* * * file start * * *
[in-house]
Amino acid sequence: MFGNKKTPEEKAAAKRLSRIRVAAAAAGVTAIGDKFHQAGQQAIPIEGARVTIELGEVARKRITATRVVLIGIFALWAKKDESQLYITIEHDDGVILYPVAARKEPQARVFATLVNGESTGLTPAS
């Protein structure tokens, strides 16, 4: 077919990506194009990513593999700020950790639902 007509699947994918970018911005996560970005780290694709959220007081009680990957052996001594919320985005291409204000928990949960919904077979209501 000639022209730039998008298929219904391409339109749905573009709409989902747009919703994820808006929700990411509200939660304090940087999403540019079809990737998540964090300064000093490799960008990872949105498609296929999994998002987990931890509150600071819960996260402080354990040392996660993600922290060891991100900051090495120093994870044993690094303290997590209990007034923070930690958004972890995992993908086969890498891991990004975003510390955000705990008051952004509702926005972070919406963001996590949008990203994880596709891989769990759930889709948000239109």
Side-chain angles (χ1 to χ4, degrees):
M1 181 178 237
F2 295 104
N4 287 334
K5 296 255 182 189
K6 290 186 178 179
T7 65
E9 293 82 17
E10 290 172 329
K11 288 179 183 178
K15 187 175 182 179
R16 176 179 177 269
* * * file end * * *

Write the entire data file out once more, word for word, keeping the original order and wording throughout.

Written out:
[in-house]
Amino acid sequence: MFGNKKTPEEKAAAKRLSRIRVAAAAAGVTAIGDKFHQAGQQAIPIEGARVTIELGEVARKRITATRVVLIGIFALWAKKDESQLYITIEHDDGVILYPVAARKEPQARVFATLVNGESTGLTPAS
């Protein structure tokens, strides 16, 4: 077919990506194009990513593999700020950790639902 007509699947994918970018911005996560970005780290694709959220007081009680990957052996001594919320985005291409204000928990949960919904077979209501 000639022209730039998008298929219904391409339109749905573009709409989902747009919703994820808006929700990411509200939660304090940087999403540019079809990737998540964090300064000093490799960008990872949105498609296929999994998002987990931890509150600071819960996260402080354990040392996660993600922290060891991100900051090495120093994870044993690094303290997590209990007034923070930690958004972890995992993908086969890498891991990004975003510390955000705990008051952004509702926005972070919406963001996590949008990203994880596709891989769990759930889709948000239109």
Side-chain angles (χ1 to χ4, degrees):
M1 181 178 237
F2 295 104
N4 287 334
K5 296 255 182 189
K6 290 186 178 179
T7 65
E9 293 82 17
E10 290 172 329
K11 288 179 183 178
K15 187 175 182 179
R16 176 179 177 269